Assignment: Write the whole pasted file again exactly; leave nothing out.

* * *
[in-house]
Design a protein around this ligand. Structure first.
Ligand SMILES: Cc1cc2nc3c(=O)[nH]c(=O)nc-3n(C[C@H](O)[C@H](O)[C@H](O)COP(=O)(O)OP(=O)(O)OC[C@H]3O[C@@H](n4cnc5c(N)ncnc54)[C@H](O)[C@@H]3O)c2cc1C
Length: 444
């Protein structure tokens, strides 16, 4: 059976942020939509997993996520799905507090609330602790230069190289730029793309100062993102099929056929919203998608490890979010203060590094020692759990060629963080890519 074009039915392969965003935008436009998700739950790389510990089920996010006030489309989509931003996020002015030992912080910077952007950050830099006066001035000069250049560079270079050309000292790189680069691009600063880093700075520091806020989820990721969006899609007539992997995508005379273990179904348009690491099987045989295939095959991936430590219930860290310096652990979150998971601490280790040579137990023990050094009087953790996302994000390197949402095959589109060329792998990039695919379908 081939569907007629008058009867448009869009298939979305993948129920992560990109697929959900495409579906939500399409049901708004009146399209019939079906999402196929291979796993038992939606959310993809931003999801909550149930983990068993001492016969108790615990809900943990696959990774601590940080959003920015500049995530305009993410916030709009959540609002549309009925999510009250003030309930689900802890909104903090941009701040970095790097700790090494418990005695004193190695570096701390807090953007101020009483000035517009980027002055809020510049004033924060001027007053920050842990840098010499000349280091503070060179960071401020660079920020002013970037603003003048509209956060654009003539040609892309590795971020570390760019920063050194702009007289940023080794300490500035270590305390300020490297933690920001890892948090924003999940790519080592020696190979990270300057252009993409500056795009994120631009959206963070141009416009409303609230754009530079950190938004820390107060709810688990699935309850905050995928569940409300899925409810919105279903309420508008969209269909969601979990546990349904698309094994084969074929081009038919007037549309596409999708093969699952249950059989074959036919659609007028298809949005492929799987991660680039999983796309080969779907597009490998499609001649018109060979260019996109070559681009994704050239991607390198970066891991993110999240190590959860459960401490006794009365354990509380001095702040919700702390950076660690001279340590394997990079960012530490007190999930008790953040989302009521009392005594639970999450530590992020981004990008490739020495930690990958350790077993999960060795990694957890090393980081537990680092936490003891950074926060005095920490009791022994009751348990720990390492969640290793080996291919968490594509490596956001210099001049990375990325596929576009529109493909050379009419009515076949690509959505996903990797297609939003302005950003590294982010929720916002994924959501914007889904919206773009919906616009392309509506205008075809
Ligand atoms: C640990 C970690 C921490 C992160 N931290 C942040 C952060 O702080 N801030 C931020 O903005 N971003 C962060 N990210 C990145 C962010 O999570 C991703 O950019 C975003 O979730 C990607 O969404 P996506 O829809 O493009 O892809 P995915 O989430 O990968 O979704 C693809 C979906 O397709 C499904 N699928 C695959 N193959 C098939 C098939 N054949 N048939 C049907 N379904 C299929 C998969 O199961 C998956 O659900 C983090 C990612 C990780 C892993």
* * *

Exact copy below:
[in-house]
Design a protein around this ligand. Structure first.
Ligand SMILES: Cc1cc2nc3c(=O)[nH]c(=O)nc-3n(C[C@H](O)[C@H](O)[C@H](O)COP(=O)(O)OP(=O)(O)OC[C@H]3O[C@@H](n4cnc5c(N)ncnc54)[C@H](O)[C@@H]3O)c2cc1C
Length: 444
């Protein structure tokens, strides 16, 4: 059976942020939509997993996520799905507090609330602790230069190289730029793309100062993102099929056929919203998608490890979010203060590094020692759990060629963080890519 074009039915392969965003935008436009998700739950790389510990089920996010006030489309989509931003996020002015030992912080910077952007950050830099006066001035000069250049560079270079050309000292790189680069691009600063880093700075520091806020989820990721969006899609007539992997995508005379273990179904348009690491099987045989295939095959991936430590219930860290310096652990979150998971601490280790040579137990023990050094009087953790996302994000390197949402095959589109060329792998990039695919379908 081939569907007629008058009867448009869009298939979305993948129920992560990109697929959900495409579906939500399409049901708004009146399209019939079906999402196929291979796993038992939606959310993809931003999801909550149930983990068993001492016969108790615990809900943990696959990774601590940080959003920015500049995530305009993410916030709009959540609002549309009925999510009250003030309930689900802890909104903090941009701040970095790097700790090494418990005695004193190695570096701390807090953007101020009483000035517009980027002055809020510049004033924060001027007053920050842990840098010499000349280091503070060179960071401020660079920020002013970037603003003048509209956060654009003539040609892309590795971020570390760019920063050194702009007289940023080794300490500035270590305390300020490297933690920001890892948090924003999940790519080592020696190979990270300057252009993409500056795009994120631009959206963070141009416009409303609230754009530079950190938004820390107060709810688990699935309850905050995928569940409300899925409810919105279903309420508008969209269909969601979990546990349904698309094994084969074929081009038919007037549309596409999708093969699952249950059989074959036919659609007028298809949005492929799987991660680039999983796309080969779907597009490998499609001649018109060979260019996109070559681009994704050239991607390198970066891991993110999240190590959860459960401490006794009365354990509380001095702040919700702390950076660690001279340590394997990079960012530490007190999930008790953040989302009521009392005594639970999450530590992020981004990008490739020495930690990958350790077993999960060795990694957890090393980081537990680092936490003891950074926060005095920490009791022994009751348990720990390492969640290793080996291919968490594509490596956001210099001049990375990325596929576009529109493909050379009419009515076949690509959505996903990797297609939003302005950003590294982010929720916002994924959501914007889904919206773009919906616009392309509506205008075809
Ligand atoms: C640990 C970690 C921490 C992160 N931290 C942040 C952060 O702080 N801030 C931020 O903005 N971003 C962060 N990210 C990145 C962010 O999570 C991703 O950019 C975003 O979730 C990607 O969404 P996506 O829809 O493009 O892809 P995915 O989430 O990968 O979704 C693809 C979906 O397709 C499904 N699928 C695959 N193959 C098939 C098939 N054949 N048939 C049907 N379904 C299929 C998969 O199961 C998956 O659900 C983090 C990612 C990780 C892993």